The article calls it Suburbia’s Deadly Secret. This happened just 15 miles and four turns off I-87, in a suburban community in Rensselaer County. As the writer describes the landscaped flower beds, local stores and backyards with pools where neighbors socialize, this could be almost any community in Saratoga County. You know these kids too, or a kid who looks just like them. The 23 year old who died in July, staggered into a Stewart’s Shop as locals were having their morning coffee.  Just a couple of years before, he  played sports, was a Boy Scout and an “All American kid.’ The mom of 2 other kids says,  “My kids were each the average child. They played baseball, my daughter did bowling, we went on family vacations. I went to all the school meetings like parents do.” Sound familiar?
So what is the one threat you’d never imagine would be creeping into our local suburban communities and threatening our teens and young adults- it’s  HEROIN. On her talk show Katie Couric said that “thirty-four thousand kids between the ages of 12 and 17 will start using heroin this year. Over the last 10 years, teen heroin use has increased 80 percent from coast to coast.” Rensselaer County District Attorney Rich McNallysays, “ You’ve got to be aware of the change in the culture, the availability of things kids get high on. It’s everywhere, and you’ve got to know about it.”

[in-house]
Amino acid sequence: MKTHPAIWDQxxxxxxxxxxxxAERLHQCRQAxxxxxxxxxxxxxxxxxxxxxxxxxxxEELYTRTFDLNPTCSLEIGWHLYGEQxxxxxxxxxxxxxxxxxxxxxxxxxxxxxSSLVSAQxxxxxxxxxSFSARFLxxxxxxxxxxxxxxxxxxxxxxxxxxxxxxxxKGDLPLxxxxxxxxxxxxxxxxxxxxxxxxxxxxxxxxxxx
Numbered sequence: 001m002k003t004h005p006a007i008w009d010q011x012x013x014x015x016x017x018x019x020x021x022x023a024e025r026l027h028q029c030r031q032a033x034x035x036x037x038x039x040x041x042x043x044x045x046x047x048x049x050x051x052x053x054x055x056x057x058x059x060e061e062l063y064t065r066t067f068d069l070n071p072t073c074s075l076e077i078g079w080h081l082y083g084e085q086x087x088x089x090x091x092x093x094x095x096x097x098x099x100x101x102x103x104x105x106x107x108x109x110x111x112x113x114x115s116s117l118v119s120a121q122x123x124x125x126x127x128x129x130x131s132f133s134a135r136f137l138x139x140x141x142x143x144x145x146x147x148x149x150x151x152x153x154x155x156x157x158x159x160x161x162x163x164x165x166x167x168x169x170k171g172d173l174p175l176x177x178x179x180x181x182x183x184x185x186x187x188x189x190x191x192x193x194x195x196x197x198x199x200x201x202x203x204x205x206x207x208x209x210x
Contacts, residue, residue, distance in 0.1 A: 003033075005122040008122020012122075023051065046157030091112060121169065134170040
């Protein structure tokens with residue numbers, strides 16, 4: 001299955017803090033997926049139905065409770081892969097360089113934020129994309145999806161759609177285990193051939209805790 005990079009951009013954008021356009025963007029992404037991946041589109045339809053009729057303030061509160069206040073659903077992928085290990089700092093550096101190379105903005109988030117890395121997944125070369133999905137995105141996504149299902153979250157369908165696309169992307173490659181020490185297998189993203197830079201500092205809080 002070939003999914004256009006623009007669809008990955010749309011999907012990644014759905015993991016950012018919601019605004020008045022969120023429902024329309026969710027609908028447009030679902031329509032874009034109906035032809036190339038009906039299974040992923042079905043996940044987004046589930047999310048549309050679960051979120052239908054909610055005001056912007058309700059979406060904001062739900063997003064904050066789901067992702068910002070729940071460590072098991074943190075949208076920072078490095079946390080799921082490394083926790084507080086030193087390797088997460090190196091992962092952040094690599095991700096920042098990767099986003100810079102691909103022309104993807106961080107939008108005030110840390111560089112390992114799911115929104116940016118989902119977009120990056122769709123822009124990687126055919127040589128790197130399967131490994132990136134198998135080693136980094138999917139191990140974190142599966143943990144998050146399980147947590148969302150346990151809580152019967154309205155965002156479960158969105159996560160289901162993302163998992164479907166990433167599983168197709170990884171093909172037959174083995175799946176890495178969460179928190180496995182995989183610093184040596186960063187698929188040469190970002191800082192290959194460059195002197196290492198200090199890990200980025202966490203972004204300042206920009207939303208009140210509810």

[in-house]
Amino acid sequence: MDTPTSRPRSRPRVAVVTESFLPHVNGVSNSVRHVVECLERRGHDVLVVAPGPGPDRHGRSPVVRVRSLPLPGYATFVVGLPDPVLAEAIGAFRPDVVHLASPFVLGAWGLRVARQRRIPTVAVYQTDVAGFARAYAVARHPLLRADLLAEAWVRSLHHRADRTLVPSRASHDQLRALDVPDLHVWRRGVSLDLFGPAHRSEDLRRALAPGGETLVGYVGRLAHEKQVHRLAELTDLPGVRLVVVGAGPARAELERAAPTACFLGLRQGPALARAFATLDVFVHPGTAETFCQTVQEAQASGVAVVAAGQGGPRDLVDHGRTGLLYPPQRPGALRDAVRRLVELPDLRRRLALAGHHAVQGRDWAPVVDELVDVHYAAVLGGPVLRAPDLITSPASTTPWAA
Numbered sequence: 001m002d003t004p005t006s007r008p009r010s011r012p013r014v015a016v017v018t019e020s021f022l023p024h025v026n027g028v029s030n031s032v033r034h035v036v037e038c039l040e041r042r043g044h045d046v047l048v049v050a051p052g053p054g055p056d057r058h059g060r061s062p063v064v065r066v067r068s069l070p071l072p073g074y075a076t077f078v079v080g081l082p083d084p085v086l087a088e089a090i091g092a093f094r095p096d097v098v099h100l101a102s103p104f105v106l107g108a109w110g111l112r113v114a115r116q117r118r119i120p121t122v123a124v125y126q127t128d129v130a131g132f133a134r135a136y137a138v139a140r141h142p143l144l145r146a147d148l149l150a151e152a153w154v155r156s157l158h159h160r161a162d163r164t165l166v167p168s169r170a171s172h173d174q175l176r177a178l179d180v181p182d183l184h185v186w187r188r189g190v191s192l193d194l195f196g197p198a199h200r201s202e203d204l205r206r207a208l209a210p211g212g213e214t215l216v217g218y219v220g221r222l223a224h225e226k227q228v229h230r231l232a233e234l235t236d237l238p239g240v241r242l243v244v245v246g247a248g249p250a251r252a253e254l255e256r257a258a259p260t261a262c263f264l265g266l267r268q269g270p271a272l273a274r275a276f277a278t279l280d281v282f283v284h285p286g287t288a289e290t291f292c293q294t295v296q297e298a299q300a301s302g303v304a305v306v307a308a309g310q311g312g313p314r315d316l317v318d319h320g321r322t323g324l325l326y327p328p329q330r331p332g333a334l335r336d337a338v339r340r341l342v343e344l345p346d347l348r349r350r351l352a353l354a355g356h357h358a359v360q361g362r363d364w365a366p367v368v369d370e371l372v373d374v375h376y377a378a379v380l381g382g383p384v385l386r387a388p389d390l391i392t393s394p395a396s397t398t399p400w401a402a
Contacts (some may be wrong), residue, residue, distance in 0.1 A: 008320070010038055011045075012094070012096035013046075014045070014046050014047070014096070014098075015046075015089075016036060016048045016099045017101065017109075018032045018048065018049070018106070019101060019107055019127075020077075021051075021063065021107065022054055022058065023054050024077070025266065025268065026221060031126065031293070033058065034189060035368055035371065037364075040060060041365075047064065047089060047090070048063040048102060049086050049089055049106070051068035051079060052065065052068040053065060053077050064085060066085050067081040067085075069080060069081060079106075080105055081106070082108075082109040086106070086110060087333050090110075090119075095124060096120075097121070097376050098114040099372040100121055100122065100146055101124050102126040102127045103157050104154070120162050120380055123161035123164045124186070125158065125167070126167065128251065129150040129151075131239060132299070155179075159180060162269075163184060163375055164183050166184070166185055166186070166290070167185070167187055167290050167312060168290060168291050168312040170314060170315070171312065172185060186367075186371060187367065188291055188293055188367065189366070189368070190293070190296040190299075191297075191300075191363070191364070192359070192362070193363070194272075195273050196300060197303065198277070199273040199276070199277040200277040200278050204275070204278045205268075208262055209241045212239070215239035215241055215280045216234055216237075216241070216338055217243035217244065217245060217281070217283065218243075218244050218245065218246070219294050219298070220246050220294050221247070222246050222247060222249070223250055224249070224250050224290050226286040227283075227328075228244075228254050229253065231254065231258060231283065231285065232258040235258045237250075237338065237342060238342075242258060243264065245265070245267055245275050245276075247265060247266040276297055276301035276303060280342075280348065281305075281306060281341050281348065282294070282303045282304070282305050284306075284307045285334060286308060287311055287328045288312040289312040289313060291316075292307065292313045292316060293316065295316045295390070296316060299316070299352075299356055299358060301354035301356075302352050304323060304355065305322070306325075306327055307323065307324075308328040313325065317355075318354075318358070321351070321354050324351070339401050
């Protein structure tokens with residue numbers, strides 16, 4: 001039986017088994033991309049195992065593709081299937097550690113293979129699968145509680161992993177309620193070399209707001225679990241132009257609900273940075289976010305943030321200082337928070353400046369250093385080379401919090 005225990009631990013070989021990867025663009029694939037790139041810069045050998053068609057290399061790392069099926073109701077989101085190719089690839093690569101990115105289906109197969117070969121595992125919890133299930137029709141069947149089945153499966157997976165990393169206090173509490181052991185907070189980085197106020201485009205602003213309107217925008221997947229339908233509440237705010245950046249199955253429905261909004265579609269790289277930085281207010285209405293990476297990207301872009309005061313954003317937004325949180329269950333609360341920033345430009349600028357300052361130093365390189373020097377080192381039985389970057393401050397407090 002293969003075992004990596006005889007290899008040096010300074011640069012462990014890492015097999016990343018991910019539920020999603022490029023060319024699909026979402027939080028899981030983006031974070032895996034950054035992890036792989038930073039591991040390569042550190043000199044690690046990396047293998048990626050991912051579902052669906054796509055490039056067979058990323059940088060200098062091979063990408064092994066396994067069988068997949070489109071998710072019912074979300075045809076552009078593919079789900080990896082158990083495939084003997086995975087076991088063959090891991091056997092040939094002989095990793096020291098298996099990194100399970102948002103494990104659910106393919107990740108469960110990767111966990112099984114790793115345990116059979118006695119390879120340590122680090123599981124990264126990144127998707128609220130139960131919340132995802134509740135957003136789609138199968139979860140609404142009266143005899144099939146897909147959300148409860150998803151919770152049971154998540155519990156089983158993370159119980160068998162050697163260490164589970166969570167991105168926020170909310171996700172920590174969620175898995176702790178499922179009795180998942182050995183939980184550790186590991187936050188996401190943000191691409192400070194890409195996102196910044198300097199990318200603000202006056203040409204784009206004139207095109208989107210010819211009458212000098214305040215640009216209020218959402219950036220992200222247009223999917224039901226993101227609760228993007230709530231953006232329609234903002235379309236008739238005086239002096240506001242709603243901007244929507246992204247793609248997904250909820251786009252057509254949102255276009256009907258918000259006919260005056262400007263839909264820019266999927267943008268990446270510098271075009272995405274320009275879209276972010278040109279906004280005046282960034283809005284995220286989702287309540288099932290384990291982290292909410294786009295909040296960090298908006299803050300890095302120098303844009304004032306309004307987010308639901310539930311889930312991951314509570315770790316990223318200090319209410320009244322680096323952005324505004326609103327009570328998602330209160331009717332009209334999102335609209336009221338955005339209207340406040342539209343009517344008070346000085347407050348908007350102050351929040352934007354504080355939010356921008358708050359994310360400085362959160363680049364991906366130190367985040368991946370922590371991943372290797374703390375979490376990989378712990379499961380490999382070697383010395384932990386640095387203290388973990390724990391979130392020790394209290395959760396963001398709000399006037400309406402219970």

Really?! What’s going on here? Teens are increasingly experimenting with OTC and prescription drugs (heck, the Internet has plenty of articles offering advice on how to get high with what’s in mom and dad’s medicine cabinet.) When that thrill fades, snorting heroin is a cheap next step. And it seems heroin is no longer only in the realm of the inner city, drug culture… it’s moving to the burbs.

What’s the take away for parents?  Even good kids can get mixed up in things beyond their control. Our increasingly mobile society is breaking down barriers quicker than ever seen before. You are the biggest influence in your kid’s life; talk to them about drugs and keep those lines of communications open. This is one fad we don’t want to see gaining momentum.